Service dogs to receive free eye exams in Southfield

Sarah Rahal
The Detroit News
Service dogs receive free eye exams through BluePearl pet hospital in Southfield.

Southfield — Service dogs provide help and companionship, and their owners find their keen sense of smell and hearing, and ability to do tasks indispensable to their daily lives.

That's why one veterinary practice wants to make sure the dogs remain in top shape. The service dogs will receive free eye exams on Saturday so they can continue aiding their owners in day-to-day life, members of the American College of Veterinary Ophthalmologists say.

Registered service dogs will receive the exams from a board-certified veterinary ophthalmologist at BluePearl Pet Hospital in Southfield.

The program is funded through the ACVO/StokesRx National Service Animal Eye Exam, a philanthropic event that provides the free eye exam screening each May.

Members of the American College of Veterinary Ophthalmologists volunteer their time and resources. Officials say about 8,000 eye exams are provided across America, Canada and Puerto Rico each May.

Michael West, one of two ophthalmologists at BluePearl in Southfield, said the profession has few members, with only about 10 certified veterinary ophthalmologists in Michigan. West examines animals at the Detroit Zoo and recently performed cataract surgery on three penguins.

"The eye exams are a great opportunity for us to use our training to give back to our community," he said. "We are licensed to examine and treat any animal, but we primarily see dogs, cats and the occasional rabbit."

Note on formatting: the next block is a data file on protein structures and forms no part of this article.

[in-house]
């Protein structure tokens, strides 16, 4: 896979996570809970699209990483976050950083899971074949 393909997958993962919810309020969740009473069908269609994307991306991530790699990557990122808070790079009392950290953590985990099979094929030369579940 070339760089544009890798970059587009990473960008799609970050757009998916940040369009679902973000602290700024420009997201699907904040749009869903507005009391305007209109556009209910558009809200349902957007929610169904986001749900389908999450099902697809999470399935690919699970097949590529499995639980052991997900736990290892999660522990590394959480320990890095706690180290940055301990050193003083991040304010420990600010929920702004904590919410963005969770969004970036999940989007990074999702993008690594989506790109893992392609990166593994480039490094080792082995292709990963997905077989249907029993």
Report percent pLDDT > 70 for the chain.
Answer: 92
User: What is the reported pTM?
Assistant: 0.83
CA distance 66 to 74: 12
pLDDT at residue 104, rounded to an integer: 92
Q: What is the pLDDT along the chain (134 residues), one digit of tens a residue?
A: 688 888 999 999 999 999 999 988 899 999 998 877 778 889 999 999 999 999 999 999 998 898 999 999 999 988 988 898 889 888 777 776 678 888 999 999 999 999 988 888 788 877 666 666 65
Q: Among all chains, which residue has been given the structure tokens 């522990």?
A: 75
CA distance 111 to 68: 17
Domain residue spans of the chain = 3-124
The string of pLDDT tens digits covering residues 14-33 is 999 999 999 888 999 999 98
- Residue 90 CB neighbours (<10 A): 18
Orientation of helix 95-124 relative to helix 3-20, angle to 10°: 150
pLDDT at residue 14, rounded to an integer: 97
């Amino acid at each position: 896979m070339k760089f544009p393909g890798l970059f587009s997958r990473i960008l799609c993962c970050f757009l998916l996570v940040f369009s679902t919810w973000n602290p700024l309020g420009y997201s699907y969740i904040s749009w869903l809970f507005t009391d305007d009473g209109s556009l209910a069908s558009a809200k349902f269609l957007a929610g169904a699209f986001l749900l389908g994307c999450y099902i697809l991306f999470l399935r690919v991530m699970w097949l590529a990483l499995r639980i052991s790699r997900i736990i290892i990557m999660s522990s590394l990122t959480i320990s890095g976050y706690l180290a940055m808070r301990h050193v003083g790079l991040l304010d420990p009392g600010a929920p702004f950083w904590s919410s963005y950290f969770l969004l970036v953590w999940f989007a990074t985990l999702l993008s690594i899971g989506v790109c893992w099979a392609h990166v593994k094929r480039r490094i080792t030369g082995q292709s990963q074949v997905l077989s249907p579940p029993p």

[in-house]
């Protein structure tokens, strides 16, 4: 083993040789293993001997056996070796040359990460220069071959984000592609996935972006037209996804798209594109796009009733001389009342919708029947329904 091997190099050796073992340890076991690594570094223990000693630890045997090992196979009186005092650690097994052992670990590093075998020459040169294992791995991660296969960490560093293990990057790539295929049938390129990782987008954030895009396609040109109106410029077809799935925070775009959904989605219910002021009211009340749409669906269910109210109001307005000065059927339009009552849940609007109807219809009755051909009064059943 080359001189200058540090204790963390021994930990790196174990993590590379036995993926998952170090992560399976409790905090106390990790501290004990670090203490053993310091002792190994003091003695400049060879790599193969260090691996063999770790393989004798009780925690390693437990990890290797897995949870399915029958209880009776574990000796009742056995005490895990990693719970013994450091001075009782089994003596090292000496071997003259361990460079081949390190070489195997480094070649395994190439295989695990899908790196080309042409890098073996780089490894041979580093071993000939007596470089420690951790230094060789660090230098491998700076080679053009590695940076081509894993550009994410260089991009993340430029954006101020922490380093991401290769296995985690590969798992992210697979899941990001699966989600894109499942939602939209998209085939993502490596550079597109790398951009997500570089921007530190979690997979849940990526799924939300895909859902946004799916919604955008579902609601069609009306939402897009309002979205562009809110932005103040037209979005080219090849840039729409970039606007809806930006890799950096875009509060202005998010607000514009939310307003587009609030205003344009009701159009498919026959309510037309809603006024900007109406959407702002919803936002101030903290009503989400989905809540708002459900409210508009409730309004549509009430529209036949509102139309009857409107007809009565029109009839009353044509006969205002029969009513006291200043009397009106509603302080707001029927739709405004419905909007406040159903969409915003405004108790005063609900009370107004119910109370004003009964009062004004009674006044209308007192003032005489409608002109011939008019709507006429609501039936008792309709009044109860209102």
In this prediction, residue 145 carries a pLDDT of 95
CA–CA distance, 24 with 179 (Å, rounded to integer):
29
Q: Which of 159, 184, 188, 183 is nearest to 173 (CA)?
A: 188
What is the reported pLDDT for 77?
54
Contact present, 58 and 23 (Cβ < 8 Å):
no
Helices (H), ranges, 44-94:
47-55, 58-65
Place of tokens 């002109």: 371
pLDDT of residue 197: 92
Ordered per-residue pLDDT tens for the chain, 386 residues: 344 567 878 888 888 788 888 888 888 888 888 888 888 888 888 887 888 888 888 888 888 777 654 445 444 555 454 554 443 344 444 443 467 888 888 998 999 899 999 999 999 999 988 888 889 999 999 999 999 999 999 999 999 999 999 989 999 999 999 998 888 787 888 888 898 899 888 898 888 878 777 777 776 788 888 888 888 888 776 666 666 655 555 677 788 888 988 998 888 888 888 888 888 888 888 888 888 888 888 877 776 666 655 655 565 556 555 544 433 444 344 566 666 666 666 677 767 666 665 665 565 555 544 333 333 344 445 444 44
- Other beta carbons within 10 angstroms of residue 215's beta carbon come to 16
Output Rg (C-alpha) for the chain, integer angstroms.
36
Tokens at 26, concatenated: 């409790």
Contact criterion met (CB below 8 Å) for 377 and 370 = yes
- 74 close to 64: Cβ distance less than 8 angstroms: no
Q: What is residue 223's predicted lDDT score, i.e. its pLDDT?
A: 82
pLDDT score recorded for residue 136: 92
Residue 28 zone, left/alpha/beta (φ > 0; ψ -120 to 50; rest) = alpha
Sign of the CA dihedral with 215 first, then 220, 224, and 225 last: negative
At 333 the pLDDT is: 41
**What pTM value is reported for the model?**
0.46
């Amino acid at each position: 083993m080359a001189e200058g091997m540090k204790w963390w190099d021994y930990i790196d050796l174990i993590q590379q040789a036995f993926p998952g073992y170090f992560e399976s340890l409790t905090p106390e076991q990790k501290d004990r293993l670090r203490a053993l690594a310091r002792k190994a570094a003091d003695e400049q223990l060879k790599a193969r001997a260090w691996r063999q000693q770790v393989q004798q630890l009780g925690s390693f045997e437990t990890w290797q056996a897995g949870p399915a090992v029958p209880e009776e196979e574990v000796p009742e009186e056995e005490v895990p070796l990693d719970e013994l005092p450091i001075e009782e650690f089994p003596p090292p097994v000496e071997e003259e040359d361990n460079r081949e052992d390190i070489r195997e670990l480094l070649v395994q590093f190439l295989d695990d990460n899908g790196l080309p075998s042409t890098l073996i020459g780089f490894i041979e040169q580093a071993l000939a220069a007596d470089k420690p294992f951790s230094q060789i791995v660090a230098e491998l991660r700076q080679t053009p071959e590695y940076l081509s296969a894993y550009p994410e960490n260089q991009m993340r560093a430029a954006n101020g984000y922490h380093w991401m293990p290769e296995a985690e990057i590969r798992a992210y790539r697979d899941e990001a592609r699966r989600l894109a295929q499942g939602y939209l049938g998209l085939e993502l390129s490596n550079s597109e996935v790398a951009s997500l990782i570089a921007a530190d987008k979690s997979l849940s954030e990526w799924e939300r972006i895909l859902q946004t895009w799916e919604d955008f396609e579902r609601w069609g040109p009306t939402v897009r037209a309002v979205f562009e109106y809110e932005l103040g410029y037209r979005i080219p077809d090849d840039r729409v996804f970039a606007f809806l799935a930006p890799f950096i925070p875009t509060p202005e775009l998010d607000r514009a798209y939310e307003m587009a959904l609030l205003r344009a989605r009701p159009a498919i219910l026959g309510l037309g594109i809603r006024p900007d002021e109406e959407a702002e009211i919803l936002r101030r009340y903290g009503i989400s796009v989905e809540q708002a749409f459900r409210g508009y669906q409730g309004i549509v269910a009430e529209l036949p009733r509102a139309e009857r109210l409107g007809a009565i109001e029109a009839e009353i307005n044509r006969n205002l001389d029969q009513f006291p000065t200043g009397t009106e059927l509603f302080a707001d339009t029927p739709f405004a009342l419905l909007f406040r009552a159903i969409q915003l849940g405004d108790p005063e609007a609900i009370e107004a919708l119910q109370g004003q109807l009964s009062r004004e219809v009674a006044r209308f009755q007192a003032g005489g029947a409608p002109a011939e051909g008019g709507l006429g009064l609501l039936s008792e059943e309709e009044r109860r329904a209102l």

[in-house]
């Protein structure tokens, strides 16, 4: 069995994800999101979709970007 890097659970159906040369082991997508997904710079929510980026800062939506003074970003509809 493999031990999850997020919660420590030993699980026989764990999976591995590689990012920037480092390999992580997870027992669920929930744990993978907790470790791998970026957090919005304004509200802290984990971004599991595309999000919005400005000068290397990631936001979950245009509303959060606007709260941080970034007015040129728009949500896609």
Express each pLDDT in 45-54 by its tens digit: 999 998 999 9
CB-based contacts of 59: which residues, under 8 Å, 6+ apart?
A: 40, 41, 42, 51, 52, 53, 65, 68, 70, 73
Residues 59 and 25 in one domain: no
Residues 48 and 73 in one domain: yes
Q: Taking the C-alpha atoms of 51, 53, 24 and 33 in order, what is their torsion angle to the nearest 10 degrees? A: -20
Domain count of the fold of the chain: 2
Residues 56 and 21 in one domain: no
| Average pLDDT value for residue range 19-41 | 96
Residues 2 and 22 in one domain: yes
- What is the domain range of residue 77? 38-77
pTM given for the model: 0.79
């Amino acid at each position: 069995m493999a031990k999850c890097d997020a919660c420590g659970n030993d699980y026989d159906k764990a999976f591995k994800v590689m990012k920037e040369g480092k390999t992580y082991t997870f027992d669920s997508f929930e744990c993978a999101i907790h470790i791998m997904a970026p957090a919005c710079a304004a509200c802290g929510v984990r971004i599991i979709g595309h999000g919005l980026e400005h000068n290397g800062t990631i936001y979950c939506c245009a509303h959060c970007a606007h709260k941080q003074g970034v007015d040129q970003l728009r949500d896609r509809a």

Each exam takes a few minutes using a device that lets the doctor look through the front half of the eyes with magnification. They also look at the retinas.

Service dogs receive free eye exams at BluePearl pet hospital in Southfield.

The exam can turn up a variety of issues such as corneal disease, cataracts and retinal degeneration, West said.

"Most of the time we are seeing patients when they have been referred with an eye issue from a primary veterinarian, but for the service dog exams, we are looking for early signs of conditions with potential to affect a dog’s vision or comfort," he said.

"Many people do not think of it this way, but squinting and rubbing at the eyes are common signs of eye-related pain," he said. "Generally speaking, if your pet has any squinting, rubbing, discharge, redness, cloudiness or changes in vision, we recommend consulting a veterinarian."

The exams will be offered  9 a.m. - 2 p.m. Saturday at the BluePearl Specialty and Emergency Pet Hospital located at 29080 Inkster Road in Southfield.
Twitter: @SarahRahal_